In some cases, people feel grossed out by the idea of rating other people. The app Peeple is a good example of that. But there are plenty of cases where you could imagine folks readily reviewing each other in ways that aren’t all that positive. Take driving for example. If you had a method of rating other drivers around you, would you take it? If someone cut you off, would you review them?
You probably would. Everybody thinks they’re a better driver than everybody else, even though that’s impossible. And there’s lots of research to show that people do things in cars that they would never do in another setting. Road rage is a very real thing. So, do you want to be known for your driving habits? Do you want that one time you cut in front of someone to stay, forever, on your reputation profile?
The driving example gets at another problem a lot of people see with these kinds of reputation driven systems: they’re more likely to log bad behavior than good behavior. People go to these places when they have a complaint far more than when they have a compliment.
But even if people aren’t being malicious — and of course there will be people who game these systems to attack people they disagree with — there’s a very real problem of codifying the kinds of implicit and explicit biases people have.
Fertik predicts that in just five years, companies won’t post jobs, but rather plug in their desires into a database to find the right person. Jobs will come to you, he says. But part of that selection process will probably include parameters outside someone’s direct qualifications. They’ll include things that try to get at their personality, their “cultural match,” with the company.
But often the idea of “fit” or “culture match” in hiring is used to not hire people who don’t look like the rest of the company. To put it more bluntly, companies use those words to not hire diverse candidates. To not hire a person who is disabled or transgender or black. If companies are plugging specific “cultural” parameters into an algorithm to pull up matches from possible candidates, those candidates are all going to look really similar. And the people who don’t have the right keywords attached to their profile, are out of luck.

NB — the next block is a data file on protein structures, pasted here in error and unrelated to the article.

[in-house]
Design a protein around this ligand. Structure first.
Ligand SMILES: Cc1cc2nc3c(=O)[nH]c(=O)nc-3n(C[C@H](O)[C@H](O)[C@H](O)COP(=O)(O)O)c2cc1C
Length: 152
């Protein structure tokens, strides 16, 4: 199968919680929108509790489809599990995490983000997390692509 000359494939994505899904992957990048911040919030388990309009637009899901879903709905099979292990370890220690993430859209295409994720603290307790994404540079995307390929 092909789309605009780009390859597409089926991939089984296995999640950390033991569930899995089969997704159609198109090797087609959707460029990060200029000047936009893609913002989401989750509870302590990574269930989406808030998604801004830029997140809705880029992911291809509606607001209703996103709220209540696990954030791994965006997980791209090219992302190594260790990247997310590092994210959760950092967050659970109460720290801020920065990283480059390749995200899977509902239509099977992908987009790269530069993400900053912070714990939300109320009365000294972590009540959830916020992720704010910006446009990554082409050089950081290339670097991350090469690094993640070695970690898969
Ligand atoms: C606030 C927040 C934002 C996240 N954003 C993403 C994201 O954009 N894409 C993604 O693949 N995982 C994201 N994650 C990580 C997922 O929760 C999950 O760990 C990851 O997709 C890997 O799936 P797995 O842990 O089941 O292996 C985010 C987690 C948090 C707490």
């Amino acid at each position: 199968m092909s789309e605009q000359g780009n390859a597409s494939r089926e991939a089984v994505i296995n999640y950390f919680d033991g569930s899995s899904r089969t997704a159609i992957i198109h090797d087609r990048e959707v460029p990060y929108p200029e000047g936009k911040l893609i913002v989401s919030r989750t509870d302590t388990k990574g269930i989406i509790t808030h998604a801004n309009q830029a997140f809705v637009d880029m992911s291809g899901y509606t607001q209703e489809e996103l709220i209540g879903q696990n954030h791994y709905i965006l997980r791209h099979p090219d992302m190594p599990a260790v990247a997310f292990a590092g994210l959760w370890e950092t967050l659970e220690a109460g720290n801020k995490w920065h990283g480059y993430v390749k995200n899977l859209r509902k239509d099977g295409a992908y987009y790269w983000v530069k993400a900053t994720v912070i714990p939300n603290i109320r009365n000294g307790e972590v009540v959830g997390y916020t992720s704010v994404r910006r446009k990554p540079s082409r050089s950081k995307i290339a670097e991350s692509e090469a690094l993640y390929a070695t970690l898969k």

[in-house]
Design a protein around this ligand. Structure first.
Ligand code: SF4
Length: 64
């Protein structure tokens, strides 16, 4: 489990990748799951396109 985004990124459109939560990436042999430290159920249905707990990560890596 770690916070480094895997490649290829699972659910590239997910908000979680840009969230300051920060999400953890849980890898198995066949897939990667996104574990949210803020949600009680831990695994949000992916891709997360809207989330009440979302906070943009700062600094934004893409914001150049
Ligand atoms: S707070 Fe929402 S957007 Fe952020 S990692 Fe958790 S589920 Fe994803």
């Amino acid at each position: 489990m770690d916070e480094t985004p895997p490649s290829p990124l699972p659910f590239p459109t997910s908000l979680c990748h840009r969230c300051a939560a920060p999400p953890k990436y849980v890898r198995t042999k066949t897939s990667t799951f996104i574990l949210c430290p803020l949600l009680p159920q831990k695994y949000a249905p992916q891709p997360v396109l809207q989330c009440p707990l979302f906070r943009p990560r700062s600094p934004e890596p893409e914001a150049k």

If financial success, personal success, housing, food options, all that is tied into this reputation system, the people who have the understanding and the money to make that reputation system work for them will succeed. The people who don’t, won’t. And those people are sometimes our most valuable humans. Hearn worries that people who might be grating or rebellious or creative, people who don’t conform, will be punished with a “bad reputation” and shut out from everything from housing to schooling to job opportunities. Of course, this already happens, but it’s worth wondering whether we want to make it even easier.
A quick programming note: This is our 23rd episode of Meanwhile in the Future, and it’s actually the very last episode in the first season of the show. I know you probably had no idea there even was a first season happening, but there was! And this is the end of it. We’re going to take a little break before season two starts up again, but I promise it will be worth the wait. I’ve got tons of great episodes planned for Season Two.
If you have thoughts about futures we should explore on the podcast, leave us a note in the comments, on Twitter, on Facebook, or email us at email@example.com. And if you want to send us your thoughts about Season One, we’d love to hear it. As always, you can subscribe to the podcast on iTunes, Soundcloud or via whatever RSS reading app you chose.
Illustration by Tara Jacoby